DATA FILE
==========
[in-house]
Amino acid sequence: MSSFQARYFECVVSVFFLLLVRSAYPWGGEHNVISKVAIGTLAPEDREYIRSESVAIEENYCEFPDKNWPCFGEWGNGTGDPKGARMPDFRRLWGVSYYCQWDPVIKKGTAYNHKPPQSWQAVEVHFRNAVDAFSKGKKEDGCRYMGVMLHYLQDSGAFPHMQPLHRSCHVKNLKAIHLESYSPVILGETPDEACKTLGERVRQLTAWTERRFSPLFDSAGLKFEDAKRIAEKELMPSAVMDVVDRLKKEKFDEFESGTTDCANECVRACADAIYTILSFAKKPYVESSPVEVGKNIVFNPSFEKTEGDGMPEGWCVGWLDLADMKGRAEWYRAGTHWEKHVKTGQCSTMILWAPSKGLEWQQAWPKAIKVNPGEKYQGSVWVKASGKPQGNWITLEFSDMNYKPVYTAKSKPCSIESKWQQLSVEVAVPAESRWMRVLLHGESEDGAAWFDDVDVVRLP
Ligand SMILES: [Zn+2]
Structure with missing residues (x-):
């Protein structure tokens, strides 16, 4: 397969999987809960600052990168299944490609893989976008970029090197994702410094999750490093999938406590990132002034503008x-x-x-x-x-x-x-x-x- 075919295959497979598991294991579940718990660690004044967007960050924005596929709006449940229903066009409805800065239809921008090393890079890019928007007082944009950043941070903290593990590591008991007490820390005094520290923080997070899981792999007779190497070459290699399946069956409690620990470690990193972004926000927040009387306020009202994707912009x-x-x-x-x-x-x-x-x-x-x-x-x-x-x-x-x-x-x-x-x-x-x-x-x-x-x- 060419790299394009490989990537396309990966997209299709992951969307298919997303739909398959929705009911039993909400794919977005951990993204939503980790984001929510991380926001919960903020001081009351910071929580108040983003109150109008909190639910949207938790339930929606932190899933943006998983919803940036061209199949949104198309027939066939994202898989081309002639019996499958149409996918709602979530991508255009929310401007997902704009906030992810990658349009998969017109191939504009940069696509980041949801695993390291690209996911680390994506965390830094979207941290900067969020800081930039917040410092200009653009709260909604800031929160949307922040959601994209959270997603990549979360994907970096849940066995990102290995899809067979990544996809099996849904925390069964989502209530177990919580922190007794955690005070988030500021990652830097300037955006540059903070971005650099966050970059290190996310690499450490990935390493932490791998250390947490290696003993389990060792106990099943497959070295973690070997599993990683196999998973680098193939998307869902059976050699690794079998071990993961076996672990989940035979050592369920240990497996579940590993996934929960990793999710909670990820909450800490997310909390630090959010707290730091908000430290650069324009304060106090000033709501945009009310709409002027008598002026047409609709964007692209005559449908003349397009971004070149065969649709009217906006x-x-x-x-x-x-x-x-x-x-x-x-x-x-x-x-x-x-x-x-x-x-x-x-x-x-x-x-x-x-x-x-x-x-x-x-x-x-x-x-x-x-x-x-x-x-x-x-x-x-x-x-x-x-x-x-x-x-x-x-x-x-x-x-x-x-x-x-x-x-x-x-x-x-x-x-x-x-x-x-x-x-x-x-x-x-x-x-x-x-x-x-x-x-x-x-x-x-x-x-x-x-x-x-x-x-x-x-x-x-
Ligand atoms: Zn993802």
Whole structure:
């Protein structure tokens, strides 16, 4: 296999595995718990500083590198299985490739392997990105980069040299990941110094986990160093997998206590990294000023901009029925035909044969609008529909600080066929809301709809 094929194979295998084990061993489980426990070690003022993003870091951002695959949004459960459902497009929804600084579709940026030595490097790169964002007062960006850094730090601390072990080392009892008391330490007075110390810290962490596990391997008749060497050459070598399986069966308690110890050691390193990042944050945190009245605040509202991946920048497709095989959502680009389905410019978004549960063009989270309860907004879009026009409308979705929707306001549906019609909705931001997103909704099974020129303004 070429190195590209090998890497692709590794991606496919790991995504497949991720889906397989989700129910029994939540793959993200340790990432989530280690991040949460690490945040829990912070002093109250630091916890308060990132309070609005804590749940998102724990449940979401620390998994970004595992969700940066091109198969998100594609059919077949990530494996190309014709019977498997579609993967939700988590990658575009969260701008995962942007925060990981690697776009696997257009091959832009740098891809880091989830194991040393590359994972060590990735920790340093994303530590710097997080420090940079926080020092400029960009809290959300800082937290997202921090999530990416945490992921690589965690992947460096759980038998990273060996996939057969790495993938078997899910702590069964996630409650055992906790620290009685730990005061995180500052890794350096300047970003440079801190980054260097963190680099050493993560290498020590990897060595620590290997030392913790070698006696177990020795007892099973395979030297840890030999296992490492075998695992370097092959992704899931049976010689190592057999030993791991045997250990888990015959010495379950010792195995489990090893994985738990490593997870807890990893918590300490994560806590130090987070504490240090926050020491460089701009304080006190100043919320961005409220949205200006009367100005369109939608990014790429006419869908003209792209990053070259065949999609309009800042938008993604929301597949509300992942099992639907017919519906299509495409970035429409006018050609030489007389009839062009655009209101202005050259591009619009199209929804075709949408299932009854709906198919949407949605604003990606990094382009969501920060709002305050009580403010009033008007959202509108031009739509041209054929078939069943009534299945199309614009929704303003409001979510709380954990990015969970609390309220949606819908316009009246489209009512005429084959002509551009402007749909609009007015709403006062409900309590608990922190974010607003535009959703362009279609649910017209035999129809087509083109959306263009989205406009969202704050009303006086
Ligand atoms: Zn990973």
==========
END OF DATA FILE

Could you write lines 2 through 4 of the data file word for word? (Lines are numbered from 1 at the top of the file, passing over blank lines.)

Amino acid sequence: MSSFQARYFECVVSVFFLLLVRSAYPWGGEHNVISKVAIGTLAPEDREYIRSESVAIEENYCEFPDKNWPCFGEWGNGTGDPKGARMPDFRRLWGVSYYCQWDPVIKKGTAYNHKPPQSWQAVEVHFRNAVDAFSKGKKEDGCRYMGVMLHYLQDSGAFPHMQPLHRSCHVKNLKAIHLESYSPVILGETPDEACKTLGERVRQLTAWTERRFSPLFDSAGLKFEDAKRIAEKELMPSAVMDVVDRLKKEKFDEFESGTTDCANECVRACADAIYTILSFAKKPYVESSPVEVGKNIVFNPSFEKTEGDGMPEGWCVGWLDLADMKGRAEWYRAGTHWEKHVKTGQCSTMILWAPSKGLEWQQAWPKAIKVNPGEKYQGSVWVKASGKPQGNWITLEFSDMNYKPVYTAKSKPCSIESKWQQLSVEVAVPAESRWMRVLLHGESEDGAAWFDDVDVVRLP
Ligand SMILES: [Zn+2]
Structure with missing residues (x-):